Dogs Trust gives advice to Leeds pet owners as city heads towards the next stage of lockdown easing
Dogs Trust has issued advice for pet owners in Leeds as the city heads towards the next stage of lockdown easing.
The Government announced in its roadmap out of lockdown that gatherings of up to six people outdoors would be allowed from Monday, March 29.
However, the animal welfare charity has warned dog owners that their pups could be confused by the sudden change.
Rachel Casey, Director of Canine Behaviour and Research, said: “After months of restrictions, getting back outside with our friends and family is something we’ve all longed for and adjusting to normality should come easily to most of us, especially as we knew it was coming.
"But our dogs may be confused by the sudden change to their routines, as life as they knew it has been at home, with their families with very little contact with other people and other dogs.
"So, it’s important we prepare our dogs for lockdown easing, and teach them vital skills that they can apply in any situation."
Here is some advice issued by Dog's Trust, to help pets ease back into normality:
Meeting new people
Meeting people for the first time in a while is going to be exciting for your dog but all the excitement can lead to jumping up.
A spokesman for Dogs Trust said: "Most dogs jump up to get our attention or want you to interact with them.
"They quickly learn that jumping up gets them the attention they wanted so they repeat it.
"We often encourage jumping up in puppies when they’re small and cute, but this can make things very confusing for them when they grow up, become bigger versions of themselves and we no longer want them to behave like this.
"Don’t worry if your dog is a big 'jumper-upper’ because it’s not too late to teach them to keep all four paws on the ground!
Your dog will need to learn that keeping all four paws on the floor brings them attention and praise, and that jumping up just doesn’t gain them anything at all! Make sure you reward your dog with food, play, praise or attention when all four paws are on the floor, especially at times when they’d be most likely to jump up.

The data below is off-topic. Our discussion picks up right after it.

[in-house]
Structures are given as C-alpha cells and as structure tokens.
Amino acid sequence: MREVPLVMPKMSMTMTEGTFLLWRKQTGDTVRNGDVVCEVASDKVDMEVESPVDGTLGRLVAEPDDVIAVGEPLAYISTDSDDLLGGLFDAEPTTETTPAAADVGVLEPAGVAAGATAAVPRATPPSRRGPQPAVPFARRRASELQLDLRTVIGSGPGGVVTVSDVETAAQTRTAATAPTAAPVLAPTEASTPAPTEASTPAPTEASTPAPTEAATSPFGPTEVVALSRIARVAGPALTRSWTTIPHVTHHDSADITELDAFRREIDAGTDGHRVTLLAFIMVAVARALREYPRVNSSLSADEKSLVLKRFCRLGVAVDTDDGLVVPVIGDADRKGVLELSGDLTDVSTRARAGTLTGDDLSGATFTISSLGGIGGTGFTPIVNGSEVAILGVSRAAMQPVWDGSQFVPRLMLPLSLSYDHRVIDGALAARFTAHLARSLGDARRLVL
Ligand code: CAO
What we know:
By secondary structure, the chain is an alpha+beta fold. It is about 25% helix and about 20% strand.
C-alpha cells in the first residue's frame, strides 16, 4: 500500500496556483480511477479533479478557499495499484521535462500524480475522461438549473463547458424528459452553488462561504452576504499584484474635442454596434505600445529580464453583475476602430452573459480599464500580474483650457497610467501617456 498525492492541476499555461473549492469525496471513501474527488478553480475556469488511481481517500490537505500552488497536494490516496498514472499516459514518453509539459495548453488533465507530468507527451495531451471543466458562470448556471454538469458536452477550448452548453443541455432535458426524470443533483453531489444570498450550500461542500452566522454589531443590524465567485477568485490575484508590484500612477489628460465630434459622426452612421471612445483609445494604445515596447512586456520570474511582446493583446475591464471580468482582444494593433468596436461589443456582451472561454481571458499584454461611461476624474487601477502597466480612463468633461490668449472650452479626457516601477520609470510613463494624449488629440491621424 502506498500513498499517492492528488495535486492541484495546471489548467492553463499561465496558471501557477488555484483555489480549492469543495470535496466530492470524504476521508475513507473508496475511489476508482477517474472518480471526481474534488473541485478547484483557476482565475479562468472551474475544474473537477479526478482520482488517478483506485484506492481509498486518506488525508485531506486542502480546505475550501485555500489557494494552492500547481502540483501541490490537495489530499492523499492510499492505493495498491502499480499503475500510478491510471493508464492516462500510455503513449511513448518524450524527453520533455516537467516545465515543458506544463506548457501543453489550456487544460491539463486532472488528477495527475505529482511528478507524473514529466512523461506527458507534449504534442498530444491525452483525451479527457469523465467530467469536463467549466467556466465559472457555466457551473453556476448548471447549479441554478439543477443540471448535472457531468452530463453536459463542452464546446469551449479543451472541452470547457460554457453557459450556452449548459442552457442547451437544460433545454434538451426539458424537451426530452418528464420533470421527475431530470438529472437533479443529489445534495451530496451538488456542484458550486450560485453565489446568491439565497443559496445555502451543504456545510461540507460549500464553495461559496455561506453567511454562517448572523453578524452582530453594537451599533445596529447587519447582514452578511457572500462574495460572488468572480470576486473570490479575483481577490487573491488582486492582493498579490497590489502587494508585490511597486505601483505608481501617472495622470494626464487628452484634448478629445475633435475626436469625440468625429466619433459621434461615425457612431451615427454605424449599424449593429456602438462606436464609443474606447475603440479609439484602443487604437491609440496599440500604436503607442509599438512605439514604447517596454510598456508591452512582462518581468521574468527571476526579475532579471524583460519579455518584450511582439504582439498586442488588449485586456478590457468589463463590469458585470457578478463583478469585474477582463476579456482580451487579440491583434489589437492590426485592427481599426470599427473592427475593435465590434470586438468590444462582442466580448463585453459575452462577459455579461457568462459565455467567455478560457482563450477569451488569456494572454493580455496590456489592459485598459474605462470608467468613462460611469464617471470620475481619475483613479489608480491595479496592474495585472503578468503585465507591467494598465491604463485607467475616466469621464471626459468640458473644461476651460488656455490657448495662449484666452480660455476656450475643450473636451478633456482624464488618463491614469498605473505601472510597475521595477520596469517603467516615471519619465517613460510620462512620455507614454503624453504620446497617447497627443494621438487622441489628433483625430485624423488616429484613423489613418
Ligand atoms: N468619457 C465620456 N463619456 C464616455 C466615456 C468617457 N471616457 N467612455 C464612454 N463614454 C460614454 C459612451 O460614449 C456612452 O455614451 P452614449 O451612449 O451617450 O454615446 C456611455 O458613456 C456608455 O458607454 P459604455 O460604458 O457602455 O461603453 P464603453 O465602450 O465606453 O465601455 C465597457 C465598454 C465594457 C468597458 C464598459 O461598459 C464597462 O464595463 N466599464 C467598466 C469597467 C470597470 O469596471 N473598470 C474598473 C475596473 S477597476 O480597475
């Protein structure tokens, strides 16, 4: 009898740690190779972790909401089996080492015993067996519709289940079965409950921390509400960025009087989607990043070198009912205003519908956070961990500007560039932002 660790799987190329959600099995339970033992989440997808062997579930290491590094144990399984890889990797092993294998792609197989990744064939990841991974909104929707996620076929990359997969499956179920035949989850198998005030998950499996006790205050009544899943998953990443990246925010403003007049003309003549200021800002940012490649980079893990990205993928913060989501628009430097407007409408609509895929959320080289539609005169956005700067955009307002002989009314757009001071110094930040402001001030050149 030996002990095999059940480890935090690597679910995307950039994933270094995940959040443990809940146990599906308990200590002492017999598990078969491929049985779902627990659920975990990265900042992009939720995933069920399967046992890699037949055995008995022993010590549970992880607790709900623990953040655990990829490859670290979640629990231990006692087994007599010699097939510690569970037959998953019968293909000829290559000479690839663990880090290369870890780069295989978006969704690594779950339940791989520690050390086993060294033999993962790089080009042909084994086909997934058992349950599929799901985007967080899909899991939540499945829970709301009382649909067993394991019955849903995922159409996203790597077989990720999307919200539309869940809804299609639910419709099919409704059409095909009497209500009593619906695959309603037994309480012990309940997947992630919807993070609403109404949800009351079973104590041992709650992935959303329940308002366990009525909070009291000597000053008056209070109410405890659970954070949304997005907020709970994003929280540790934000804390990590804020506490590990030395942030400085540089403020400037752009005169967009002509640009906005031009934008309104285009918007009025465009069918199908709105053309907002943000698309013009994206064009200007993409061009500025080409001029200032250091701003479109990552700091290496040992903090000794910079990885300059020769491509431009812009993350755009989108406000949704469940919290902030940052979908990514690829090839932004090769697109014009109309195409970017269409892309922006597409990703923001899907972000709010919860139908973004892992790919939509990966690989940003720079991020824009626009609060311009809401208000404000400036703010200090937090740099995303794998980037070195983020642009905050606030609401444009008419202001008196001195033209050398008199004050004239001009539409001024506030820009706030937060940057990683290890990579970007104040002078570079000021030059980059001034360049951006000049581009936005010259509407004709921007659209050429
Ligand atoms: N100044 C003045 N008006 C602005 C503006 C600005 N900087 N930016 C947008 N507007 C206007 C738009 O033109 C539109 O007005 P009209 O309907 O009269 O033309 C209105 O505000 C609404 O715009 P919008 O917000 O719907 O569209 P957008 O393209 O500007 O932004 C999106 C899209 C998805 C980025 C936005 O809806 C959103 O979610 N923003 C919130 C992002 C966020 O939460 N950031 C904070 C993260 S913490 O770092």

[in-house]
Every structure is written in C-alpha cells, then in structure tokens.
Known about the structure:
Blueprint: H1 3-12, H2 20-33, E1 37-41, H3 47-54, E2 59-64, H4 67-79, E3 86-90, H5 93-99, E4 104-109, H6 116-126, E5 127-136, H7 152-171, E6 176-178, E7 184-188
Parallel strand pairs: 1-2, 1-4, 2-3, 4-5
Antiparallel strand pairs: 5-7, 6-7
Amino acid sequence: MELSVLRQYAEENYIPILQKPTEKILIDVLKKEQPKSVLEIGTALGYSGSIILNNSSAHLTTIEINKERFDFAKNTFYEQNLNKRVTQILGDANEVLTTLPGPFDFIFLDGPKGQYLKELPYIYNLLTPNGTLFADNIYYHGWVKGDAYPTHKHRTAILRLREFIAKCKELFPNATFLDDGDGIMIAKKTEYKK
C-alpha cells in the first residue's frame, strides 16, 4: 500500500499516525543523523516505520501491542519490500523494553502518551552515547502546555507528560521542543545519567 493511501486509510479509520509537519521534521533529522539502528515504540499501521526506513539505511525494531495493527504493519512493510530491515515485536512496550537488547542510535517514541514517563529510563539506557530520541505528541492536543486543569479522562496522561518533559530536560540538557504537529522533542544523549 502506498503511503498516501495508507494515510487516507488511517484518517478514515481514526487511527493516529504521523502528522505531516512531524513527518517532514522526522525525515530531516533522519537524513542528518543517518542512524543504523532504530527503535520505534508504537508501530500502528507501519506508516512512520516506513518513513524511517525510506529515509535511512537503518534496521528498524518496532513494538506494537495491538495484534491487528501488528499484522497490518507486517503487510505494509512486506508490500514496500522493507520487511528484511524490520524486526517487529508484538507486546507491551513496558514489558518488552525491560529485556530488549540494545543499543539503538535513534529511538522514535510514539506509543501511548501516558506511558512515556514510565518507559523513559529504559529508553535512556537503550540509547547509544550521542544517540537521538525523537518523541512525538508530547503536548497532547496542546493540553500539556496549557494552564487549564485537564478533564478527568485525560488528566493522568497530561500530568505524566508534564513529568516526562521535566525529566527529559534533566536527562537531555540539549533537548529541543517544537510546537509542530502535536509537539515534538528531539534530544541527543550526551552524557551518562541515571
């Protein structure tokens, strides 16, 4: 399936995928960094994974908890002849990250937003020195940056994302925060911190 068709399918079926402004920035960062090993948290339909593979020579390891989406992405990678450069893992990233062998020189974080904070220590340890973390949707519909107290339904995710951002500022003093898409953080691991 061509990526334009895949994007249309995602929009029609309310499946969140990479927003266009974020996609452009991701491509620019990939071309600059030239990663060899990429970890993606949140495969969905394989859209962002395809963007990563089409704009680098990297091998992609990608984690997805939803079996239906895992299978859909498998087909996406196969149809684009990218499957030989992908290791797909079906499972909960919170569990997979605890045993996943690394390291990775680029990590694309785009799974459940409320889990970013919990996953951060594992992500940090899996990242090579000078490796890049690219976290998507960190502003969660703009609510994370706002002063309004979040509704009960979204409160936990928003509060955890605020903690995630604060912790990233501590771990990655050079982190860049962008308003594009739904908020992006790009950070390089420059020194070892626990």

"Make a list of all the situations where your dog usually jumps up and plan to be quick to interact with them before they do – for example, have a handful of treats or their favourite toy with you when coming home from work (if this is a trigger point for them), ready to engage with them immediately, before they start jumping up.
"If your dog does jump up at you then don’t react at all but stay calm, quiet and wait for them to stop, then reward them when all four paws are on the floor.
"Make sure all your family and friends are on board with what you are trying to achieve and speak to them ahead of when they may interact with your dog so they know how to behave. If in doubt, it might be best to leave your dog at home with something entertaining to keep them occupied.
"You can even teach your dog to sit when meeting new people. Get your friend to walk towards you and your dog (being mindful of social distancing) and asking your dog to sit when they get closer. Have some extra special tasty treats ready to reward them as long as all four paws remain on the floor, giving them a treat every now and again while you talk to your friend."
A spokesman for Dogs Trust said: "Most dogs love having a good run off their lead but before you let your pooch loose, you need to be confident that they’ll always come back when you call; especially with added distractions such as new people, new dogs and other exciting things going on around them.
"You need to teach your dog that coming back to you is always a good thing.
"Make sure your rewards are exciting and tempting so they build up a positive association with coming when called.
"Choose a short, snappy word like ‘come’ or ‘here’, or a whistle if you prefer. You can also add in a visual sign after you’ve called them, like holding your arms open wide, in case they can’t hear you.
"Start indoors or in your garden where there are few distractions.
"Get your dog’s attention with their name, then use your recall word and take a step away from them. Reward them when they come to you.
"Gradually increase the distance between you and your dog and the level of distractions you call them away from, eventually leaving the garden and venturing out into the world. You can use a long line attached to their harness to keep them safe during training.
"If they ignore you, stay calm - getting angry or shouting will make them not want to come back to you. Instead, gently guide them in with the long line, or go and collect them. Then start the training again with a shorter distance. "
Perfect picnic etiquette.
A spokesman for Dogs Trust said: "Eating alfresco can be tricky when our pooches forget their manners but with a few training tricks and following our advice your dog will be picnic ready in no time.
"Keep them on the lead or consider buying a very long training lead, a harness and a stake so you can tether your dog and allow them to roam. Teach them how to settle in advance.
"Provide an activity to keep them occupied when you are eating. You could give them a snuffle mat sprinkled with tasty treats or a long lasting chew.
"Dogs can be wonderfully social and other picnickers may want to say hello so it’s always helpful to teach your dog to do this politely. But be prepared to ask people to leave your dog alone when needed."